Written by: Susan K. Becker
How can writing for the web enrich your financial advisory business? A financial advisor who publishes a newsletter gets a call: “Your friend just sent me a link from your newsletter. My wife is planning to retire, and we want to make the best use of those assets, consistent with our family goals. Can we all get together?”
This story shows several marketing dynamics specific to the web: Easy broadened distribution that can create unexpected business leads; web analytics that enable the advisor to see which newsletter stories were clicked and any that were clicked multiple times; and an additional information source when preparing for meetings. Because newsletter links drove traffic to the advisor’s site, the prospect had easy access to further information that confirmed his positive impression and led to his call.
Writing for the web may require adaptation of traditional marketing channels like brochures, but the rewards are well worth your effort. Here are the challenges and how to meet them successfully.
Challenge #1: Grab readers immediately
What drives readers most is timely information that’s communicated clearly in the title of your post. The advisor in the opening anecdote had written about a new regulation related to taxes. Quick publishing via the web speeded timely communication to clients.
Make your content easy to look at, with short paragraphs, headings and sub-heads that state your content clearly, and layout that makes information flow and location of specific topics easy to grasp.
Challenge #2: Use images
Research has shown that the web is essentially a visual medium. Images attract viewers more than plain text.
If, like me, you’re a “word person,” thinking visually can seem daunting. I always envied people who could draw clear diagrams of complex processes, while I required what seemed like too many words. The good news is that, as investment professionals, you’re familiar with potentially the most compelling pictures for your audience: data visualization in charts.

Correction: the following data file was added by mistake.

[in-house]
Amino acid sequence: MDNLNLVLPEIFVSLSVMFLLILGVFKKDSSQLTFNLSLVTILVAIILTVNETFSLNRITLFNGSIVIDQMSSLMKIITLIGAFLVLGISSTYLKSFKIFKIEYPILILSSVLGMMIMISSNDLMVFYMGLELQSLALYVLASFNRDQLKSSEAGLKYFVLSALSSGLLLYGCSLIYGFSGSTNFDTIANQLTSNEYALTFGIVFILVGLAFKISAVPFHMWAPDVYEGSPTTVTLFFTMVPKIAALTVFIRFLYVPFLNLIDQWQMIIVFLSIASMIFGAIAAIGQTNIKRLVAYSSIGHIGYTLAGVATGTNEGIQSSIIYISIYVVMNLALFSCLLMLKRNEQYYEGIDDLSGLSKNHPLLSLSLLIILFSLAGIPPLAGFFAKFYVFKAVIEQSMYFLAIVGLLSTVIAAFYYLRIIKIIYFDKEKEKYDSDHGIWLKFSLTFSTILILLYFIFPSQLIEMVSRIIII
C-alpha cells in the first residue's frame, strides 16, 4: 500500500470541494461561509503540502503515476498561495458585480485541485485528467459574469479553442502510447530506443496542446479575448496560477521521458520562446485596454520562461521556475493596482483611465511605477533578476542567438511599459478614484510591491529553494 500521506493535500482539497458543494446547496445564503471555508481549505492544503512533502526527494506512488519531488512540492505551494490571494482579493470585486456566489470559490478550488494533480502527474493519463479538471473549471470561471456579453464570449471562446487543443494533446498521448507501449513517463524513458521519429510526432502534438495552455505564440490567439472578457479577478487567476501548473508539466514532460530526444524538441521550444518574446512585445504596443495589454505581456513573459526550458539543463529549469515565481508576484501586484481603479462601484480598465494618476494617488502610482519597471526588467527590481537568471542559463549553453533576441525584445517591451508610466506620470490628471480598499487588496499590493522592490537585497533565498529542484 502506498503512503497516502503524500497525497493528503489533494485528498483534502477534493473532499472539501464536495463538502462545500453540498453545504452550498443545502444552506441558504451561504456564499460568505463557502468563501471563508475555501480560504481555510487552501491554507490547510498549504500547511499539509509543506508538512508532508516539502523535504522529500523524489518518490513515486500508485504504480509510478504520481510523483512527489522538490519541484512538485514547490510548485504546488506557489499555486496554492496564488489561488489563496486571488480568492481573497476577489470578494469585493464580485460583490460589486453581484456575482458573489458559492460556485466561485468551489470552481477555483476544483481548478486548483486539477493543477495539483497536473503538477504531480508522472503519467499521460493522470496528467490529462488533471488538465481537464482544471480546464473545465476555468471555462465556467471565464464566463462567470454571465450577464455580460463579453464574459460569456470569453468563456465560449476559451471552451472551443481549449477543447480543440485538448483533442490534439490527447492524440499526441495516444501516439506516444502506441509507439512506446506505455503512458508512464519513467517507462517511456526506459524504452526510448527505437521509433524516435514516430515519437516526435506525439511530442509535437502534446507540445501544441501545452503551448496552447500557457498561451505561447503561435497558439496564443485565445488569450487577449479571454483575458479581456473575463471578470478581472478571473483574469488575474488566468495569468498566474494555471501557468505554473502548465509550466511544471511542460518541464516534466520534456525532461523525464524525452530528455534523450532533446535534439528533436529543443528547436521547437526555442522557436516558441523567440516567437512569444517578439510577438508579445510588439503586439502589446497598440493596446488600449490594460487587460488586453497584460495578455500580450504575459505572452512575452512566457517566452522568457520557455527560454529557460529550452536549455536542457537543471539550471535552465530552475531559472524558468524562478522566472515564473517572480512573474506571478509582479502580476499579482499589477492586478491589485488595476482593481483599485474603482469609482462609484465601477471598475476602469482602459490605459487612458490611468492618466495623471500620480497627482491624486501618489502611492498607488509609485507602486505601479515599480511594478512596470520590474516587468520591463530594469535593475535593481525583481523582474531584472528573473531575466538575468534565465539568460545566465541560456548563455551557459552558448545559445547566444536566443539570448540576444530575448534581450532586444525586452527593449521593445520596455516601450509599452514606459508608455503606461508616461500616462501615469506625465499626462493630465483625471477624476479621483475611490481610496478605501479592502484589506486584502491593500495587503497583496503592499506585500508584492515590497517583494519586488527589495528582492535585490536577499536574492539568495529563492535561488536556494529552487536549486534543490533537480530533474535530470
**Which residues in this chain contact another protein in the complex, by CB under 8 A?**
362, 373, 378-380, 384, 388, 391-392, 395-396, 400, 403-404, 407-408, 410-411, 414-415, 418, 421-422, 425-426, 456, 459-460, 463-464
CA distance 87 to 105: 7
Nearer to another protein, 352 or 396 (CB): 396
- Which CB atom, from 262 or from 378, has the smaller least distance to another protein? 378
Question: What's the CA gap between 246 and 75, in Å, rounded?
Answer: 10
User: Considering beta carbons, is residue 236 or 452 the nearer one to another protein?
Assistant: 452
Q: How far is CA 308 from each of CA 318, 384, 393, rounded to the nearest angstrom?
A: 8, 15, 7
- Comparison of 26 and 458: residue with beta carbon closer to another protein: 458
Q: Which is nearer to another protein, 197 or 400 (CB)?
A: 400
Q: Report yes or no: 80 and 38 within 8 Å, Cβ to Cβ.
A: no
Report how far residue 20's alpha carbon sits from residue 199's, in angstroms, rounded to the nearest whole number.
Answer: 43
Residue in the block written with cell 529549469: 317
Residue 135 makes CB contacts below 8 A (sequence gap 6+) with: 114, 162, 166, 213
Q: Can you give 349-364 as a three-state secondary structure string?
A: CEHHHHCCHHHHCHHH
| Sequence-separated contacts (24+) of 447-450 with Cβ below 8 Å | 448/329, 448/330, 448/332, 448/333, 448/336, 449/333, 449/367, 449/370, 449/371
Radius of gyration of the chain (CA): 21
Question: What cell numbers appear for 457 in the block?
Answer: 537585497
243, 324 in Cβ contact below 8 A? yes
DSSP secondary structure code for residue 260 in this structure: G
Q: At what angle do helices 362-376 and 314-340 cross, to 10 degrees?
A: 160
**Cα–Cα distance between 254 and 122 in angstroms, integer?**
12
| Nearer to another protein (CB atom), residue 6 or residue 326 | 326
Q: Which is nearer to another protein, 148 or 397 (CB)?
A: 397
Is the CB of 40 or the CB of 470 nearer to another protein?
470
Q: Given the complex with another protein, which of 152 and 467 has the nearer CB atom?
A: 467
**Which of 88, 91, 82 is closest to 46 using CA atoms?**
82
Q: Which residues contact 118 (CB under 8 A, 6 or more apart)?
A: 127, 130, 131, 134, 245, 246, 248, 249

Effective charts use interpretive titles that state the main idea, or story, of each one clearly and are accurate and faithful to your data.
If you enjoy taking pictures, include your own, either to personalize your site (e.g. show the photos in your office) or to illustrate your content. Your own photos are much more effective than stock photos of, say, the generic “meeting.”
Another effective way to use images is to provide a visual metaphor for what you’re talking about.
I’m not a good photographer, but I love art history and enjoy using paintings and photographs in my posts, especially as metaphors. Painters suspended on Brooklyn Bridge cables in 1914 means “risk” to me.
Because finding inexpensive, easy-to-use image sources with a good selection is a perpetual quest of everyone writing for the web, social media experts frequently recommend their favorites . I’ve used Dreamstime.com and 123rf.com. Trustworthy sources will explain copyright and other legal restrictions on images. Be sure to respect copyright. Providing attribution of images you use is a nice touch, whether or not it’s required. This post supplies details as a hyperlink (“Image Source”).
Challenge #3: Distinctive brand “voice”
Write conversationally, referring to your own interests—family, leisure activities—to the extent that you’re comfortable, using plain English to discuss financial concepts.
A sure way to make your voice distinctive is to follow up insights from your web analytics. Are you compiling bookmarks on a social media site? Include these ongoing updates in your newsletter. If newsletter analytics show an unexpected increase in the number of clicks on a bookmark or section of your newsletter, explore the subject in a blog post or future newsletter item, mentioning that this is your response to client feedback.